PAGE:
Sunday, July 20, 2008

War Against the Suburbs & Walters on the Budget

1) Though suburban living is how most American prefer to live, especially those folks with families, there has been a war against the suburbs ever since the first people deserted the urban centers for the peace of rolling hills and valleys and it continues in California, as this article by Joel Kotkin notes.

An excerpt.

“In the meantime, Mr. Brown [California Attorney General Jerry Brown] is taking aim at the suburbs, concerned about the alleged environmental damage they cause. He sees suburban houses as inefficient users of energy. He sees suburban commuters clogging the roads as wasting precious fossil fuel. And, mostly, he sees wisdom in an intricately thought-out plan to compel residents to move to city centers or, at least, to high-density developments clustered near mass transit lines.

“Mr. Brown is not above using coercion to create the demographic patterns he wants. In recent months, he has threatened to file suit against municipalities that shun high-density housing in favor of building new suburban singe-family homes, on the grounds that they will pollute the environment. He is also backing controversial legislation -- Senate bill 375 -- moving through the state legislature that would restrict state highway funds to communities that refuse to adopt "smart growth" development plans. "We have to get the people from the suburbs to start coming back" to the cities, Mr. Brown told planning experts in March.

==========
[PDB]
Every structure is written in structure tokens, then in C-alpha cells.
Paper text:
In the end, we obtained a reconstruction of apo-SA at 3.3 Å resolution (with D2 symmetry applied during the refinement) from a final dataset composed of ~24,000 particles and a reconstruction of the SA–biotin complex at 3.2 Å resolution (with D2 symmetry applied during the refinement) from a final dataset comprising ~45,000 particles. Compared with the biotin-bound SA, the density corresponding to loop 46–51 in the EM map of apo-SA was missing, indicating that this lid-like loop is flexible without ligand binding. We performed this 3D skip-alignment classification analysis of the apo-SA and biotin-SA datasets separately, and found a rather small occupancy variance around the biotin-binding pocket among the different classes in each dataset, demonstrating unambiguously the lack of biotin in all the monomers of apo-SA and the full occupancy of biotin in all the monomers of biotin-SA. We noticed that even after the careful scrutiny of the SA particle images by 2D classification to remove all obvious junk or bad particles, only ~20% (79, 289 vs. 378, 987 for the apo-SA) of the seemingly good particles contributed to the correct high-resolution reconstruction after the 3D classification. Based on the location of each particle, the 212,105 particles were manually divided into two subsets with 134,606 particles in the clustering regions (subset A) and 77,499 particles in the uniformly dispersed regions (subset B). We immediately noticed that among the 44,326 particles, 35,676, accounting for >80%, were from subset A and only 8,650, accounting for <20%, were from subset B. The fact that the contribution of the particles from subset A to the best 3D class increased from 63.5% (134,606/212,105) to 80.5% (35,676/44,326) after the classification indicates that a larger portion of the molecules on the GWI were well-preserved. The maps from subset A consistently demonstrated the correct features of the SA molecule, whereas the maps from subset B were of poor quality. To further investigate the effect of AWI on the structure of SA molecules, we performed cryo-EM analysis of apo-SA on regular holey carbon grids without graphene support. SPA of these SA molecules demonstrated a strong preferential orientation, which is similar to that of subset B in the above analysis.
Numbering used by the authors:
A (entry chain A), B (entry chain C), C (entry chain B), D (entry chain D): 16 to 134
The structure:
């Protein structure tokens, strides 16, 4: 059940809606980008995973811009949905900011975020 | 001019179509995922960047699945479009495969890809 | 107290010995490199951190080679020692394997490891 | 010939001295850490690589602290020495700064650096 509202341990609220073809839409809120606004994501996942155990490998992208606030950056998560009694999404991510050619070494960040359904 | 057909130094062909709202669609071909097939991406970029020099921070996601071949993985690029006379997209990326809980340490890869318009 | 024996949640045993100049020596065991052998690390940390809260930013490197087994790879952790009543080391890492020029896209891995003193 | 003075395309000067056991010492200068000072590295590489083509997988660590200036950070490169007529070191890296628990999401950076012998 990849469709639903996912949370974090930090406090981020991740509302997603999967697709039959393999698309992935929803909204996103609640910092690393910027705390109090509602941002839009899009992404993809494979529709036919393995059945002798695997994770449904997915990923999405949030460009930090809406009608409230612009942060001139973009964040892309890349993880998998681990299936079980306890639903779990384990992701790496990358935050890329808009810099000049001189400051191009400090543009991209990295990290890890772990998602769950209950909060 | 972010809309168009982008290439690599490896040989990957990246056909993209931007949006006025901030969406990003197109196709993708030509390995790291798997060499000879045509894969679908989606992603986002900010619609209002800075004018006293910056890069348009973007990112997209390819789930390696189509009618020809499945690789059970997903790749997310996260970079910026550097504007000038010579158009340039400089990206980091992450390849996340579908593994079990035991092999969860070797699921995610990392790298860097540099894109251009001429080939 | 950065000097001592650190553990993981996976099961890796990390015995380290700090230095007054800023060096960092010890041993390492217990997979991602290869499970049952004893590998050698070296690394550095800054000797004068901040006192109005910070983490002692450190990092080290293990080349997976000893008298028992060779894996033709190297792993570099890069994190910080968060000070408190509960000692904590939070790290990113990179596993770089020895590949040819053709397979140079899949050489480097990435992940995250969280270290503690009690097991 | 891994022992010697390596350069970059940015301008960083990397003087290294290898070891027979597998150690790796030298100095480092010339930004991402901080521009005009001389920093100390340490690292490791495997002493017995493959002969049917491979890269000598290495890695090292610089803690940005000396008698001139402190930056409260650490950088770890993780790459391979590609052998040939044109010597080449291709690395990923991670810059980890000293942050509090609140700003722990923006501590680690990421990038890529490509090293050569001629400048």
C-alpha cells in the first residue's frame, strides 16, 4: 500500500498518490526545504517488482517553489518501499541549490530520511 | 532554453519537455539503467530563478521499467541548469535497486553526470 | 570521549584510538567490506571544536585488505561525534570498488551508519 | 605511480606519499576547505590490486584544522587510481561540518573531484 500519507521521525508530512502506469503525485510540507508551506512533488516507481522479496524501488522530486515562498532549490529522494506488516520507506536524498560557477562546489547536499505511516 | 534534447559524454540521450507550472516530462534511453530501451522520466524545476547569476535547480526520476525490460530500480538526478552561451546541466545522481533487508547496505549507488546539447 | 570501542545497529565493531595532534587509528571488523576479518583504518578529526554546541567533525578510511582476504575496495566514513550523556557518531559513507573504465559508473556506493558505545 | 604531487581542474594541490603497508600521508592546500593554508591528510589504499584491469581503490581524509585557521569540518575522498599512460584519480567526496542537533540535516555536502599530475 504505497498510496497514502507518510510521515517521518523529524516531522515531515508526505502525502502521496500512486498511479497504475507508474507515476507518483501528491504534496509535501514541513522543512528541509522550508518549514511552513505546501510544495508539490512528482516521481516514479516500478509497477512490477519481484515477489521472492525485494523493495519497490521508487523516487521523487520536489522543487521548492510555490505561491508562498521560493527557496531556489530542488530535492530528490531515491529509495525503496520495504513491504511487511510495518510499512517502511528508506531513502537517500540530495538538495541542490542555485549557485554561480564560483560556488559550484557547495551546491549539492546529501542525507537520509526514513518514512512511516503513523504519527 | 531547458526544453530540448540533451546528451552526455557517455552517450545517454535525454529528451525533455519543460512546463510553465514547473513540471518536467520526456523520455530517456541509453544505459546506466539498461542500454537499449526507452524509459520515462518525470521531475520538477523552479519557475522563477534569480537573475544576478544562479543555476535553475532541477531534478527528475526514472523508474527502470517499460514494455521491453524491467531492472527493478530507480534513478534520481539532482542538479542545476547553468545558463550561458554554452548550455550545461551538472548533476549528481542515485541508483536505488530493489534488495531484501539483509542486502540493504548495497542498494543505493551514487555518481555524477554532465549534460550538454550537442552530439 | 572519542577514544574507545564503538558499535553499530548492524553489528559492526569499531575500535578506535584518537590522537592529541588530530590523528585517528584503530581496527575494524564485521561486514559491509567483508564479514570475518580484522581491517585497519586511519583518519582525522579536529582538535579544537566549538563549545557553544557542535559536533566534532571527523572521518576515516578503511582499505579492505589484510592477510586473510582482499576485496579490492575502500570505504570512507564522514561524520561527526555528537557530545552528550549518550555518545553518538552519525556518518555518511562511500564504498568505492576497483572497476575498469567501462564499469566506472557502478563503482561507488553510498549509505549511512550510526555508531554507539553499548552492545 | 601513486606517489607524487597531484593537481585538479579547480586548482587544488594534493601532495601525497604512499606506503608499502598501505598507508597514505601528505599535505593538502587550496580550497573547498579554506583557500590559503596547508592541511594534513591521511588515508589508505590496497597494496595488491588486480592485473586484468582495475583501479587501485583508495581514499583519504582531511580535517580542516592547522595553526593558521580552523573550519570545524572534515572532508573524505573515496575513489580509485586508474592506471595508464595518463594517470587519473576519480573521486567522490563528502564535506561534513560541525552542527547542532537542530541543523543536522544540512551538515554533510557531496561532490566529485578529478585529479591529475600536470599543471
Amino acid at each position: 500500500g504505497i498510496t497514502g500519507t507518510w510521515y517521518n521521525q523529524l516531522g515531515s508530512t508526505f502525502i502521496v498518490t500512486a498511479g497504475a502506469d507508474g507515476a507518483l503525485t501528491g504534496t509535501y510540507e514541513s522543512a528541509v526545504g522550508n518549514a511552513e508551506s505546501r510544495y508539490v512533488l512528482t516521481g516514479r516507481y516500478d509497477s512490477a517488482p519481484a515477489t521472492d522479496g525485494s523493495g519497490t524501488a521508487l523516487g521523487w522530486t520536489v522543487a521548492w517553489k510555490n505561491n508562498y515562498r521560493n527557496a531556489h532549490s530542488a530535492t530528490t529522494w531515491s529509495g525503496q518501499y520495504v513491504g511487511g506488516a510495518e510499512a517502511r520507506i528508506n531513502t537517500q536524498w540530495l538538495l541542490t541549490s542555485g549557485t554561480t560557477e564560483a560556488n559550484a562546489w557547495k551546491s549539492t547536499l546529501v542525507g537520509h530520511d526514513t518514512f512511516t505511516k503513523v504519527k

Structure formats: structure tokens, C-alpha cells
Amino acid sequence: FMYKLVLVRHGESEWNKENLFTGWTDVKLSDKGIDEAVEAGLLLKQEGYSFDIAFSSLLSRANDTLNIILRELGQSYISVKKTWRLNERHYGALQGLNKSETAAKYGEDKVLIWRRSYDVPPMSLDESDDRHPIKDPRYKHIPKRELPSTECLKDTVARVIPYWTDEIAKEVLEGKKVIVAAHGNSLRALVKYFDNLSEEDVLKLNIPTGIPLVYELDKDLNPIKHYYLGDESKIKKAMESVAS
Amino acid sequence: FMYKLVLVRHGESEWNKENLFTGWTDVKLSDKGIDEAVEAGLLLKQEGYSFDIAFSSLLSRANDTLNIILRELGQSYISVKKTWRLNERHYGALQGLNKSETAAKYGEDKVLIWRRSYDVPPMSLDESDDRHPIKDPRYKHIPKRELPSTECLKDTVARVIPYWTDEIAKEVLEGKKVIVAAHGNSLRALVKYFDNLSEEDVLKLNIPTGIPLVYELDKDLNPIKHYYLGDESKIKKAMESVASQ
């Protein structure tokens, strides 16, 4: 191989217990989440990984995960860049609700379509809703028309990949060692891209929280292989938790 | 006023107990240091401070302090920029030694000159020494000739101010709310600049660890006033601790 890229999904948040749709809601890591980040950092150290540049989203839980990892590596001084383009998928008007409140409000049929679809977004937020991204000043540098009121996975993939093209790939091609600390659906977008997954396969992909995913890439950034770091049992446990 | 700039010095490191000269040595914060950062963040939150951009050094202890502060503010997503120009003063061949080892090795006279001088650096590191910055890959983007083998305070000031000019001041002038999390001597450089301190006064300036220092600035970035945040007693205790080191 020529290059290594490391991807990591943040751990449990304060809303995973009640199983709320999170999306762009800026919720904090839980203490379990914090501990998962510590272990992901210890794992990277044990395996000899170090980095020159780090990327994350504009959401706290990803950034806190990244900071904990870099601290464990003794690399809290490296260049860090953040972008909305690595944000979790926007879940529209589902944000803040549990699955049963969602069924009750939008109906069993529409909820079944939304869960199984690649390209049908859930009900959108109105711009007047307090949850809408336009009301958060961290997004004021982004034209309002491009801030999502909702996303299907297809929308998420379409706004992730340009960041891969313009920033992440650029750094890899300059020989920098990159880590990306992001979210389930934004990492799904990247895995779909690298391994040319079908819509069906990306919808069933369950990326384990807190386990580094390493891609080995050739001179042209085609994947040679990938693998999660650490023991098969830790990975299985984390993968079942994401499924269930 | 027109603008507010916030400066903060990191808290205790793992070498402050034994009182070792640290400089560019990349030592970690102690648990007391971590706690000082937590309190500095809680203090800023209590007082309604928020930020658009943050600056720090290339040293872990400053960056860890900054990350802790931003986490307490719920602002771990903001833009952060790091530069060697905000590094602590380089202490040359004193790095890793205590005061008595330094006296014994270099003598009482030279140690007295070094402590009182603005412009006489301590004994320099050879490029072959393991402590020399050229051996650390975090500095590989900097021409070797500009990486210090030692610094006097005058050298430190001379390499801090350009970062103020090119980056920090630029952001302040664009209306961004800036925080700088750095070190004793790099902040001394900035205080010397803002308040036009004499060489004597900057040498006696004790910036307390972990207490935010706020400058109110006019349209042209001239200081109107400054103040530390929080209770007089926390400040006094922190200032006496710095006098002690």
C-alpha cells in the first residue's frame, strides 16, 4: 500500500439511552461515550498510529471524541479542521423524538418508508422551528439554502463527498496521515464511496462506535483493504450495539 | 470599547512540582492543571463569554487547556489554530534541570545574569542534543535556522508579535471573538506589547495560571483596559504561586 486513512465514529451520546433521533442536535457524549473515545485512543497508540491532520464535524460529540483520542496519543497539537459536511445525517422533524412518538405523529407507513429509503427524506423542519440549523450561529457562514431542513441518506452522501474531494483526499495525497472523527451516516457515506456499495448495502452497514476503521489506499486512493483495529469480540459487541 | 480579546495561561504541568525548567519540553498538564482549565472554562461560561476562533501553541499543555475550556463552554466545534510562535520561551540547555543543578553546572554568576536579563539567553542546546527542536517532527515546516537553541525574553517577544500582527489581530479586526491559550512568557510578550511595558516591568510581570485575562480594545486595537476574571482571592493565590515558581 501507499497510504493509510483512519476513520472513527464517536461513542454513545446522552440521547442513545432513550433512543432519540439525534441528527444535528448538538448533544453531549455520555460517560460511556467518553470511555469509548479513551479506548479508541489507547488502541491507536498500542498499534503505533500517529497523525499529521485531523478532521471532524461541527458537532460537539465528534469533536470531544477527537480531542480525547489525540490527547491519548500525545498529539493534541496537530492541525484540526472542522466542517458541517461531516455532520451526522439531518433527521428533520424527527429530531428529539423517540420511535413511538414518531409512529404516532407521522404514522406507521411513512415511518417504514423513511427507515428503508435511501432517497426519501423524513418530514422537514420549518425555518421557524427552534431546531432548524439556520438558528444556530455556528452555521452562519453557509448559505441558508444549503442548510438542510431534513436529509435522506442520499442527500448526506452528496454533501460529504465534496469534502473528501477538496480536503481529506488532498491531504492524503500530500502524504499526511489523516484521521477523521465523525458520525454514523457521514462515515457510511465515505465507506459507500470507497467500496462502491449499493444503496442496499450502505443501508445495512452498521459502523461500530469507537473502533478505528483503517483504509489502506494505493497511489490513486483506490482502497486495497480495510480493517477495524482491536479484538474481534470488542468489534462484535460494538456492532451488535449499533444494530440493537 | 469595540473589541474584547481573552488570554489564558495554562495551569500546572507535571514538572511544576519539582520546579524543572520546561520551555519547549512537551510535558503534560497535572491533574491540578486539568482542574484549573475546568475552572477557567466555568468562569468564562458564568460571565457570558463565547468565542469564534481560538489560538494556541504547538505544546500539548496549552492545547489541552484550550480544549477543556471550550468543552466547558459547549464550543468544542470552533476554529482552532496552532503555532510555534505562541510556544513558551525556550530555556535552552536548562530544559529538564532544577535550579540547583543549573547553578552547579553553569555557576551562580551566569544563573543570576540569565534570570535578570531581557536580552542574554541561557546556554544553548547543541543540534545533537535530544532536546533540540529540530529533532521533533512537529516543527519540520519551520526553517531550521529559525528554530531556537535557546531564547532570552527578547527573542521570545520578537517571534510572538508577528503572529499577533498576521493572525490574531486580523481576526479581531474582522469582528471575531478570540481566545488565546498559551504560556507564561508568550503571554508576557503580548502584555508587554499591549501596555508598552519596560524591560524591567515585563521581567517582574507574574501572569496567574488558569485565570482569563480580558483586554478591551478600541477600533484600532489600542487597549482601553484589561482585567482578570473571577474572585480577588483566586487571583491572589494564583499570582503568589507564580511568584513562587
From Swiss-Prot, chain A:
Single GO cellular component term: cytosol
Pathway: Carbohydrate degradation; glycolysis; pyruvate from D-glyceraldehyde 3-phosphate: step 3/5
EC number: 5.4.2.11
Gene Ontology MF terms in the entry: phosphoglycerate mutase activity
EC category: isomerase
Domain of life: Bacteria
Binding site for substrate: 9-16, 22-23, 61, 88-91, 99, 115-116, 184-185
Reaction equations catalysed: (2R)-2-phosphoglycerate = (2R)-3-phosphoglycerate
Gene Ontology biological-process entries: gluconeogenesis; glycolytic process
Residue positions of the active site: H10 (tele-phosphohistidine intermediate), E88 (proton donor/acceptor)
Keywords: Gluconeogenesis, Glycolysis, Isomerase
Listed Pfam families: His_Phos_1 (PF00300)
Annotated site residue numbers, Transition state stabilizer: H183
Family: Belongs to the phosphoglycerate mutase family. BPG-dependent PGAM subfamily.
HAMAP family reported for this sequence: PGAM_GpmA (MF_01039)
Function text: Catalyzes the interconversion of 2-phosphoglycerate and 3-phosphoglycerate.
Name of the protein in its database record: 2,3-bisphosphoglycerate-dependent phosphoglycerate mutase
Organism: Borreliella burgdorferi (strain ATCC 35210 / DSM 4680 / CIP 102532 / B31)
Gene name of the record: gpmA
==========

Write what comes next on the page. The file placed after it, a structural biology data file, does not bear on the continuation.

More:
“The problem is, that's not what Californians want. For two generations, residents have been moving to the suburbs. They are attracted to the prospect, although not always the reality, of good schools, low crime rates and the chance to buy a home. A 2002 Public Policy Institute of California poll found that 80% of Californians prefer single-family homes over apartment living. And, even as the state's traffic jams are legendary, it is not always true that residents clog roads to commute to jobs in downtown Los Angeles or other cities”.

2) The California state budget confuses just about everybody, but this column by Dan Walters, makes it a little clearer.

An excerpt.

“The clearest set of numbers, however, may not be found in any version of the state budget but rather in the actual cash reports published by the state controller's office. They tell us what's coming into the state treasury from various taxes and other revenue sources and where it's being spent.

“There is some discrepancy between the controller's numbers and the budget's, because the former show what's already happened, while the latter project what's supposed to happen. But the controller's report gives us a fairly clear picture of the state's finances. And it's not pretty.

“During the fiscal year that ended June 30, the general fund received $96.4 billion in revenues and spent $103.4 billion. This means there was a $7 billion shortfall, much of it covered by tapping reserves, delaying some payments and borrowing several billion dollars.

“Schwarzenegger and legislators may disagree sharply on the 2008-09 budget, but they do agree that it has a $15.2 billion deficit. That would indicate, therefore, that roughly half of the overall deficit is "structural," meaning it's built into the system, and the other half is cyclical, caused by a deteriorating economy.”